For many of us, prayer can feel haphazard, hurried, and at times even empty. It’s often the first thing we cut out of a busy day. Most Christians, if pressed, would likely admit to wishing they had a stronger prayer life. And because conversion is a lifelong process, no one’s prayer life—not even a saint’s—is perfect.
Today, we want to share with you some tried-and-true tips for building a daily habit of prayer into your life, and making your prayer time the most important and meaningful time in your day.
Make the time.
“It is not particularly difficult to find thousands who will spend two or three hours a day exercising, but if you ask them to bend their knees to God for five minutes of prayer, they protest that it is too long.”--Ven. Archbishop Fulton Sheen
Regardless of how busy you are, it is possible to find time to pray. But in a world where distractions are rife and silence is rare, it takes work to make space for what matters most. This evening, do a mental inventory of how you spent your day. How much time did you spend checking email? Aimlessly scrolling through social media? Surfing the internet without a clear goal in mind? Watching TV? After doing this inventory, chances are you can find at least ten minutes a day that you could spend with the Lord. You may even find that the Lord expands your time for work and other obligations when you give him the firstfruits of your time.
“For me, prayer is a surge of the heart; it is a simple look turned toward heaven, it is a cry of recognition and of love, embracing both trial and joy.” –St. Therese of Lisieux
If you’re not in the habit of daily prayer yet, it’s probably not a good idea to attempt a 30 minute or hour long prayer time right off the bat. Start small, with five or ten minutes of praying with Scripture, a morning offering, a decade of the rosary, or a prayer of thanksgiving. Prayer does not need to be long or complicated to be meaningful. Consider also that throughout the day there are ample opportunities to lift your heart to the Lord, whether it’s a short, “Lord, help me!” in the midst of a crisis or a simple “Thank you, Jesus,” for an unexpected grace.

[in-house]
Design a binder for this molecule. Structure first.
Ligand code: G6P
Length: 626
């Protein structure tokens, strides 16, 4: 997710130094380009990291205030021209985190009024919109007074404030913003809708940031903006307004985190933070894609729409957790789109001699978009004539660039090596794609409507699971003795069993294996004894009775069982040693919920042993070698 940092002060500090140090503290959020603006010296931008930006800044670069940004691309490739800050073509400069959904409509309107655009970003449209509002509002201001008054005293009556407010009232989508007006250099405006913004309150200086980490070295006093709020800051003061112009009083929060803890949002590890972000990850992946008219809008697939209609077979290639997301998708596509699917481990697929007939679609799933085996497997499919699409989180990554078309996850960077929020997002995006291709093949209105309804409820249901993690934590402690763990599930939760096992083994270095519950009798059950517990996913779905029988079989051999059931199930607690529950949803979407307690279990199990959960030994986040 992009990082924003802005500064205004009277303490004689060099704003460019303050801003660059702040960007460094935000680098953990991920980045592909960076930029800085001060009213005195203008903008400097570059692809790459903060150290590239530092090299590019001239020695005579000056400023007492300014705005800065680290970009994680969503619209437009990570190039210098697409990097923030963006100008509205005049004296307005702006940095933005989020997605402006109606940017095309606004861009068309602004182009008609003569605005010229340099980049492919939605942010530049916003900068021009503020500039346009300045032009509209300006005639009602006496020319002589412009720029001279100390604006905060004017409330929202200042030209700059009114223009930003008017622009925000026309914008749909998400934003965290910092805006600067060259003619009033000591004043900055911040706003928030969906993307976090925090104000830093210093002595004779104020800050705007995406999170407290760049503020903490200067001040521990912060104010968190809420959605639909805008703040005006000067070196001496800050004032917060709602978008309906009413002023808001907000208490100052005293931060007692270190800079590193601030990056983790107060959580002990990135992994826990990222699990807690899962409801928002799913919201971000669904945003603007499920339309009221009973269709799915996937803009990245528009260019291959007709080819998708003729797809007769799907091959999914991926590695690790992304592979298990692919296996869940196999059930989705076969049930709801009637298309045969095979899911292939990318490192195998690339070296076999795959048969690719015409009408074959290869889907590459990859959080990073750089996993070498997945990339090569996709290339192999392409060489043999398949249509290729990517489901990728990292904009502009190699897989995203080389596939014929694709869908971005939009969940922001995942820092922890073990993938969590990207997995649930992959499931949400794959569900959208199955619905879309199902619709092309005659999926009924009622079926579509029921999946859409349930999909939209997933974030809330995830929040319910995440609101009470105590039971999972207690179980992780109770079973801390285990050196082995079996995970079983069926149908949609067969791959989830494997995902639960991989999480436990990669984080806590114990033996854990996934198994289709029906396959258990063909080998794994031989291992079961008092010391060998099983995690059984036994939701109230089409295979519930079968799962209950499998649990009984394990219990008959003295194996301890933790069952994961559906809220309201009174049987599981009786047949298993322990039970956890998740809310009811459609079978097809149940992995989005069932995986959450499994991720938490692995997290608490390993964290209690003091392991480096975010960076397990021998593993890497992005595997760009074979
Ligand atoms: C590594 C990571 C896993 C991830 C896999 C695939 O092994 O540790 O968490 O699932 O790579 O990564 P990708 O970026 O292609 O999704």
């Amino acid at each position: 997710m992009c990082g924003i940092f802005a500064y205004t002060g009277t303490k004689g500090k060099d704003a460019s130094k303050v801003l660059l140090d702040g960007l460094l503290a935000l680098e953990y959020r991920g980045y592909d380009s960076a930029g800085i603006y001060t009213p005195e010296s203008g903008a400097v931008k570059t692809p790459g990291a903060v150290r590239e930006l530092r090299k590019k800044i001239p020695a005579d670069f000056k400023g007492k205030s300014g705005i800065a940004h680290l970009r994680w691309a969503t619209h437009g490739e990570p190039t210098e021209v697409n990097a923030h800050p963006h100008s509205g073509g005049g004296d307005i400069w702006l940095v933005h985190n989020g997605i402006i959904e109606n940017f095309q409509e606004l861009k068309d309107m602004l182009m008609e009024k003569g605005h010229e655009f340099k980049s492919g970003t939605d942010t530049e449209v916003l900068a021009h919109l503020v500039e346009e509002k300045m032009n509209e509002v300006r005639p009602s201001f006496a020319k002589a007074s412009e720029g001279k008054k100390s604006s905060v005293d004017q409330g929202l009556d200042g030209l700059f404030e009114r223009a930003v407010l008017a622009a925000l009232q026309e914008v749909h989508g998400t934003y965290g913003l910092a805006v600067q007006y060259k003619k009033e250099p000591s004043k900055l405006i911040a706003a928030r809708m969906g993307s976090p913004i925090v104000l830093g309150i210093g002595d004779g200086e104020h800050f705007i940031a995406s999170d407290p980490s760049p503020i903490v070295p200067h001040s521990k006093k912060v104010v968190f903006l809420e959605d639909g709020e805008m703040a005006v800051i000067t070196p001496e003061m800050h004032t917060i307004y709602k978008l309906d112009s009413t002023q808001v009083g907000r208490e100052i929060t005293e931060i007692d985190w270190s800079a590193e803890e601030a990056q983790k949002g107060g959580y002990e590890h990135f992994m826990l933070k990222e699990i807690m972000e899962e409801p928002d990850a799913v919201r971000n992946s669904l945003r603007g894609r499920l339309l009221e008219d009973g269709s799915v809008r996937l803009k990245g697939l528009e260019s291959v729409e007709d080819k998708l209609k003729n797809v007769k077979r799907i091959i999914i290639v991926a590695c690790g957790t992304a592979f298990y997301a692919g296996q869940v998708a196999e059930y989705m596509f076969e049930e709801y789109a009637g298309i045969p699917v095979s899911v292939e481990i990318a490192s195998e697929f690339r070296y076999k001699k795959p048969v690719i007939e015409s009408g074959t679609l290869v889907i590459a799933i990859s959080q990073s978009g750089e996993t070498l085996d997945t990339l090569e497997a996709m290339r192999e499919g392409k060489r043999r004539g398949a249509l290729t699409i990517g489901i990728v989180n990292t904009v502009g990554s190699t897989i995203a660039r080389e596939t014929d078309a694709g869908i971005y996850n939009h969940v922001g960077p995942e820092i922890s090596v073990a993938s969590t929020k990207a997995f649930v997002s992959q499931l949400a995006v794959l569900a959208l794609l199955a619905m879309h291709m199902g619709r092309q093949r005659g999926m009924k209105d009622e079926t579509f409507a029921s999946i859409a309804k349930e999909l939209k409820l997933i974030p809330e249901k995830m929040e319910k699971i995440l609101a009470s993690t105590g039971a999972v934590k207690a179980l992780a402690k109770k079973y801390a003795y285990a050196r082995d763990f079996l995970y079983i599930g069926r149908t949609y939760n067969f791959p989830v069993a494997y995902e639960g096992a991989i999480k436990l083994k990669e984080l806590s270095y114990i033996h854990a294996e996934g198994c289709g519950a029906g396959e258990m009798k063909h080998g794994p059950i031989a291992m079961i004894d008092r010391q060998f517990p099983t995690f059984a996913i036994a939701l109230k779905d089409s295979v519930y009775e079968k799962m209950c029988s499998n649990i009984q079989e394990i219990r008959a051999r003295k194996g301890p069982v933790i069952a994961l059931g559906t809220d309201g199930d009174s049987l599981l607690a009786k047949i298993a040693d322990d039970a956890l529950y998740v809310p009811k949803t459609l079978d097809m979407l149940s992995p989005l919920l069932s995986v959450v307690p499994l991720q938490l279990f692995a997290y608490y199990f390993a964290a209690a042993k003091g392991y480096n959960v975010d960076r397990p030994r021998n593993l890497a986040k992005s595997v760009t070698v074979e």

Keep supplies handy.
“Contemplative prayer in my opinion is nothing else than a close sharing between friends; it means taking time frequently to be alone with him who we know loves us.” --St. Teresa of Avila
St. Teresa of Avila, a cloistered Carmelite nun whose daily life was filled with long periods of silent prayer, was known to always bring a spiritual book of some kind with her to the chapel, just in case she got “stuck” and needed something to refocus her attention on the Lord. If you find yourself not knowing quite what to say in prayer, consider meditating on the daily Mass readings, a daily devotional, or a paragraph or two from a spiritual classic like The Devout Life by St. Francis de Sales. As you grow in your prayer life, you will find it easier and easier to put the book down and simply be with the Lord, which is the ultimate goal of all prayer.
“Prayer is a way of gradually purifying and correcting our wishes and of slowly coming to realize what we really need: God and his Spirit.” --Pope Emeritus Benedict XVI
Communal prayer is a hallmark of the Catholic life. The highest form of prayer in common is of course the Mass, but whenever we pray--even when we are physically alone--we pray with the entire Body of Christ. It stands to reason that if we want to grow in our prayer life, we need the help of our brothers and sisters in Christ. Perhaps this means that you ask a friend to be your prayer accountability partner. Perhaps it looks like praying with your spouse or children each night before bed. Or maybe the Lord is calling you to a deeper friendship with the Saints, who are not only excellent intercessors, but can also be our prayer partners.
Be not afraid.
When it comes to sharing our hearts with the Lord, we need not be afraid. He already knows our deepest, darkest secrets and the ugly places in our hearts that we don’t want anyone else to see. He knows our fears, he knows our hopes and dreams. But it does our hearts and souls so much good to share these things with Him, especially when we are afraid to. Our prayers do not have to be perfect to be heard, and the Lord desires us to share our entire selves with him: the good, the bad, and the ugly. Be bold, be honest, and be assured that the Lord desires to hear it all.
We hope these tips will help you as you seek a deeper relationship with the Lord, because He is always seeking a deeper relationship with each one of us. The Catechism of the Catholic Church reminds us that, “The wonder of prayer is revealed beside the well where we come seeking water: there, Christ comes to meet every human being. It is he who first seeks us and asks us for a drink. Jesus thirsts; his asking arises from the depths of God’s desire for us. Whether we realize it or not, prayer is the encounter of God’s thirst with ours. God thirsts that we may thirst for him” (Paragraph 2560).